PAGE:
Why Philip Seymour Hoffman Didn't Leave His Fortune to His Children
Philip Seymour Hoffman did everything in his power to make sure his children were "normal."
When the Capote actor died of a heroin overdose in February, he left the bulk of his estate to his partner, Mimi O'Donnell, and added the unusual request that their offspring be raised outside of Los Angeles. According to his accountant, David Friedman, these decisions were made to keep his children from becoming trust fund kids.
In court papers filed July 18 in Manhattan Surrogate's Court and obtained by the New York Post, attorney James Cahill Jr. — who was appointed by the court to protect the interests of Hoffman’s children Cooper, 10, Tallulah, 7, and Willa, 5 in his estate proceeding — interviewed the actor's accountant as part of the legal process. Friedman "recalled conversations with [Hoffman] in the year before his demise where the topic of a trust was raised for the kids and summarily rejected by him," Cahill wrote, according to the newspaper. He "did not want his children to be considered 'trust fund' kids."
[Related: Philip Seymour Hoffman's Life as a New Yorker]
Friedman said he wanted his estate — which was an estimated $35 million, according to Forbes magazine — to go to O'Donnell because he knew she would "take care of the children."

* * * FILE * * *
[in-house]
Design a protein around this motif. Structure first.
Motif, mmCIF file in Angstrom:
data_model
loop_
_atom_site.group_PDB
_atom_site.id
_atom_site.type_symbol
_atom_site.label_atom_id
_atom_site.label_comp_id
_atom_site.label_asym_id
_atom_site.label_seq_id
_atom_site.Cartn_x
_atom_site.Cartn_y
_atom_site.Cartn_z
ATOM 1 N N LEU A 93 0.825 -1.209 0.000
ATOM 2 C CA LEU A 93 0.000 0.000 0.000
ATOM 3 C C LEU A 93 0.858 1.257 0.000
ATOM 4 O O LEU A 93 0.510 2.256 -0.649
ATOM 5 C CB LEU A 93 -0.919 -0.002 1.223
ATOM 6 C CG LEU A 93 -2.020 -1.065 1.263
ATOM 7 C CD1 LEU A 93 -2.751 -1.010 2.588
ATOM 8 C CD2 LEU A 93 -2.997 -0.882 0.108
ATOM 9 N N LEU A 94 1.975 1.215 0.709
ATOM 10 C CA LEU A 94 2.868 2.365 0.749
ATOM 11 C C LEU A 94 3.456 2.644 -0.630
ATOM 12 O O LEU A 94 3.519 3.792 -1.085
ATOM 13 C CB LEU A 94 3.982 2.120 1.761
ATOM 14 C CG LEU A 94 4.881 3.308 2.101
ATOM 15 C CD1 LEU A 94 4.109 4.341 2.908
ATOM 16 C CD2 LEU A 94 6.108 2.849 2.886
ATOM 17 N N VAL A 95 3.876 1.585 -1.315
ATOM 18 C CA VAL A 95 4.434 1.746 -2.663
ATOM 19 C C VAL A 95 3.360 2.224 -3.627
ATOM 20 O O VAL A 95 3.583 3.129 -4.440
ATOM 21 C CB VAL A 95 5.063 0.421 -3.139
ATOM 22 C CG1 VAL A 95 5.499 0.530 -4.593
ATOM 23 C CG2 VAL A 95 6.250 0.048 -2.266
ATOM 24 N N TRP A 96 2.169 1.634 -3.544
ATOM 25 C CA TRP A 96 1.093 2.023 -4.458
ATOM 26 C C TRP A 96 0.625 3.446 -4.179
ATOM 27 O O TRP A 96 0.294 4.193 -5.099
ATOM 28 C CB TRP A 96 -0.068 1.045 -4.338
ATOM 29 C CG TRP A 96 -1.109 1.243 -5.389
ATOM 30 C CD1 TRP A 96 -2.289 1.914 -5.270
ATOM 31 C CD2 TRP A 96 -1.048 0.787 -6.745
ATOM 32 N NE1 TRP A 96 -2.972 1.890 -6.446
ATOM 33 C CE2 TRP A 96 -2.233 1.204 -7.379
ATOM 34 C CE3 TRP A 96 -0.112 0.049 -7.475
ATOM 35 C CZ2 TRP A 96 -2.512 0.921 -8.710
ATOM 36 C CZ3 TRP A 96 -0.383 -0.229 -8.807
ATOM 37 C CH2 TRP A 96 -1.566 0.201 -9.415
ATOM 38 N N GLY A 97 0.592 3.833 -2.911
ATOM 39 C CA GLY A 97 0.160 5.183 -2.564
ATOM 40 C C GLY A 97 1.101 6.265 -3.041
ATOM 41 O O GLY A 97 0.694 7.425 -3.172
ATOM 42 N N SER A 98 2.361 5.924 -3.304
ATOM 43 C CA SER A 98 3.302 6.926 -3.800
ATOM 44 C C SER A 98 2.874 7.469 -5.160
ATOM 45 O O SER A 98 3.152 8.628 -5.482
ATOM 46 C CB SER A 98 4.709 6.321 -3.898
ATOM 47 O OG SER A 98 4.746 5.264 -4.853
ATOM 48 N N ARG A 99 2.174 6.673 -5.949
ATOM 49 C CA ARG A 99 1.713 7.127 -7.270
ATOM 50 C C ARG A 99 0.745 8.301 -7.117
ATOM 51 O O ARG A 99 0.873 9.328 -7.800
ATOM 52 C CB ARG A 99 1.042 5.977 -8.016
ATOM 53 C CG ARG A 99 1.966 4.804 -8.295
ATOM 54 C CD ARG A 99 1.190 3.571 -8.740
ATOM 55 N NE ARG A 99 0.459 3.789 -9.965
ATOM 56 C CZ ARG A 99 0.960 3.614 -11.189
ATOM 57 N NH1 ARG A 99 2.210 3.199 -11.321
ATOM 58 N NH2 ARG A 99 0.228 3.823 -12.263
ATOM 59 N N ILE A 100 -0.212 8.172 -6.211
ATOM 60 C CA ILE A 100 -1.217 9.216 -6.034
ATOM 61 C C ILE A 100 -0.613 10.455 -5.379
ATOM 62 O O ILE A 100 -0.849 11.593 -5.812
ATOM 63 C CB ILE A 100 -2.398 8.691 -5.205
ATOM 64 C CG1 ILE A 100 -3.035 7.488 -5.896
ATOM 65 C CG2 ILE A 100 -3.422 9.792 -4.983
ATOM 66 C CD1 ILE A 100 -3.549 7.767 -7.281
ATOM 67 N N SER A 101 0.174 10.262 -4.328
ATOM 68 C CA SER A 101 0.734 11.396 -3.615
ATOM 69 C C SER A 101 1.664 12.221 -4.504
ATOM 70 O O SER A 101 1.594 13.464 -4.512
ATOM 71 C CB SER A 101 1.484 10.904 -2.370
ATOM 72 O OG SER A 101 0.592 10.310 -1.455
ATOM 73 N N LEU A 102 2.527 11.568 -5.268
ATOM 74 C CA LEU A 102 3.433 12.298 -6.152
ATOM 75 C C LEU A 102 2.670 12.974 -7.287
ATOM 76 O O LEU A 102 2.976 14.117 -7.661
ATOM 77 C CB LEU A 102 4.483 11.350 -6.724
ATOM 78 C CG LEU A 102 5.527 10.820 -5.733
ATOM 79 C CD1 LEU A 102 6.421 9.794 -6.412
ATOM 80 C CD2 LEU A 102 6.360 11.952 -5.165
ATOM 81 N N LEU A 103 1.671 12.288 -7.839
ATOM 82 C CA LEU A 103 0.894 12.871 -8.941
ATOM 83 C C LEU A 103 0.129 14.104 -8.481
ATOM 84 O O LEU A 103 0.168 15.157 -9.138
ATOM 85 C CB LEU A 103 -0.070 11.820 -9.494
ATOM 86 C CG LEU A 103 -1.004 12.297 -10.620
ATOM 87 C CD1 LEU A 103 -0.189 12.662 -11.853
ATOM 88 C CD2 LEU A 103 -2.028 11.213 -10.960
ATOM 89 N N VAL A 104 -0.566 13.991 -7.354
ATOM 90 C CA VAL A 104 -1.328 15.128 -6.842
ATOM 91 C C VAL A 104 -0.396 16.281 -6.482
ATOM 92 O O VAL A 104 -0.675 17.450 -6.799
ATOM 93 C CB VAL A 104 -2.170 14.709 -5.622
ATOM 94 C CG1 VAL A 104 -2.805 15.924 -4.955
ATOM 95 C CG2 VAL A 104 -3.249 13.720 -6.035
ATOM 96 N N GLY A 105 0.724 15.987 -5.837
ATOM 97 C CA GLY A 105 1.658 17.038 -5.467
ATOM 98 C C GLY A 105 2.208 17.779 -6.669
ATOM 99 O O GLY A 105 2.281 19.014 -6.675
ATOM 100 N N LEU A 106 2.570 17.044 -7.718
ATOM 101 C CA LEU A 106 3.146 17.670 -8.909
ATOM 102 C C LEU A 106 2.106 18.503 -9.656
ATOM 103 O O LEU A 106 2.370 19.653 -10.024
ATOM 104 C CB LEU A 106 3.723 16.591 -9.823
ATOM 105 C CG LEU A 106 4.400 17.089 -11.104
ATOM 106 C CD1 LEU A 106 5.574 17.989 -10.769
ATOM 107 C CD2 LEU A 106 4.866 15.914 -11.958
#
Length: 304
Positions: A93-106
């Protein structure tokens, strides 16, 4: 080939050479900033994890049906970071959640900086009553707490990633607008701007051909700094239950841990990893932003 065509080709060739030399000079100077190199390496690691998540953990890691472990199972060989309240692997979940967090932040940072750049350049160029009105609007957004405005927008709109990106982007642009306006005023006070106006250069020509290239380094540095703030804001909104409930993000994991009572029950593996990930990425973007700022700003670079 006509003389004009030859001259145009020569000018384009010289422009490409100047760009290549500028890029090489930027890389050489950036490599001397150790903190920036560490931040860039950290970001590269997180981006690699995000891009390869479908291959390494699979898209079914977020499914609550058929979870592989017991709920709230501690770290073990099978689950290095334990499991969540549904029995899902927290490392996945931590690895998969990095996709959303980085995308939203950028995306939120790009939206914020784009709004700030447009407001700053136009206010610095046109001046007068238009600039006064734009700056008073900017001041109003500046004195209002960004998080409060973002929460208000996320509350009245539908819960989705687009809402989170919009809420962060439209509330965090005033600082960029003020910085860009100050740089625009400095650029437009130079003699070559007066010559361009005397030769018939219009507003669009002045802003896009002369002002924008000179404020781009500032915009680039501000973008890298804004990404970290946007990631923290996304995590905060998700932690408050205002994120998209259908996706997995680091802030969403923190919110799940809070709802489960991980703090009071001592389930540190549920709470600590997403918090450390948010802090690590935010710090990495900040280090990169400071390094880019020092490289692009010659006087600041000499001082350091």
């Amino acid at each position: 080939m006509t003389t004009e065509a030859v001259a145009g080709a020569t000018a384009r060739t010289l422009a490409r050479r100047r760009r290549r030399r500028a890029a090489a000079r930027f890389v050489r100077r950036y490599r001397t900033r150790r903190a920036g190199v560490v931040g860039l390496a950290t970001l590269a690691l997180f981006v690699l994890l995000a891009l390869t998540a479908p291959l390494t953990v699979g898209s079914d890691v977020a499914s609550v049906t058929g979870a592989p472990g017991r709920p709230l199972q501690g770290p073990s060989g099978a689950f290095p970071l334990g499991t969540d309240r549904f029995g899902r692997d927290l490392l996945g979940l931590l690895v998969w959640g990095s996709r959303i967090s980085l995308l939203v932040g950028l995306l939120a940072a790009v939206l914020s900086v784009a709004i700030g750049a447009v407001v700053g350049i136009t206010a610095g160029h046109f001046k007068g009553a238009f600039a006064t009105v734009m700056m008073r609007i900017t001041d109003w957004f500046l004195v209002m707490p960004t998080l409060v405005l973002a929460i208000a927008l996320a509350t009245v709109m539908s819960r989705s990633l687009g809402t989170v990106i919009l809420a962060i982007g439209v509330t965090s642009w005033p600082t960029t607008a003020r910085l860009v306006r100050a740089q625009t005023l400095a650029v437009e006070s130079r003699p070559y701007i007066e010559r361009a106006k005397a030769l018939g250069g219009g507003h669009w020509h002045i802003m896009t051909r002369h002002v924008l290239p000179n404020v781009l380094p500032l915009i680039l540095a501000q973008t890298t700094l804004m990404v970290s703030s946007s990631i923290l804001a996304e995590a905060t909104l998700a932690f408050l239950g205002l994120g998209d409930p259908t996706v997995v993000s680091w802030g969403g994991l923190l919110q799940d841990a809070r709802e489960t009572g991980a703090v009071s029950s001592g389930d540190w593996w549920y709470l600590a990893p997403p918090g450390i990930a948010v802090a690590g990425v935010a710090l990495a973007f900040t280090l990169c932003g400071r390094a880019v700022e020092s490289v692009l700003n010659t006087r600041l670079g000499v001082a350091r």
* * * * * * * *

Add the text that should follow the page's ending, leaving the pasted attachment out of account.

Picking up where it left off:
While he was living apart from O'Donnell at his time of death — residing in an apartment a few blocks away from their family home, reportedly due to his drug problem — "Friedman also advised that he observed Hoffman treating his partner/girlfriend ... in the same manner as if she were a spouse," Cahill reported. And Hoffman told Friedman that the reason they never married was simply that he "did not believe in marriage." However, "The size and nature of the jointly held assets support the position that [Hoffman] regarded [O’Donnell] as the natural object of his bounty," Cahill wrote.
As we reported in February when the will was submitted, Hoffman asked that Cooper (his only child at the time the document was written) be "raised and reside in" Manhattan, Chicago, or San Francisco. "The purpose of this request is so that my son will be exposed to the culture, arts and architecture that such cities offer."
Hoffman also set up a trust for Cooper, but stipulated that it only be used for "education, support, health, and maintenance." O'Donnell is the trustee. According to the document, Cooper will get half of the trust when he's 25, and the rest when he's 30.
The actor's latest film, A Most Wanted Man, opened on Friday.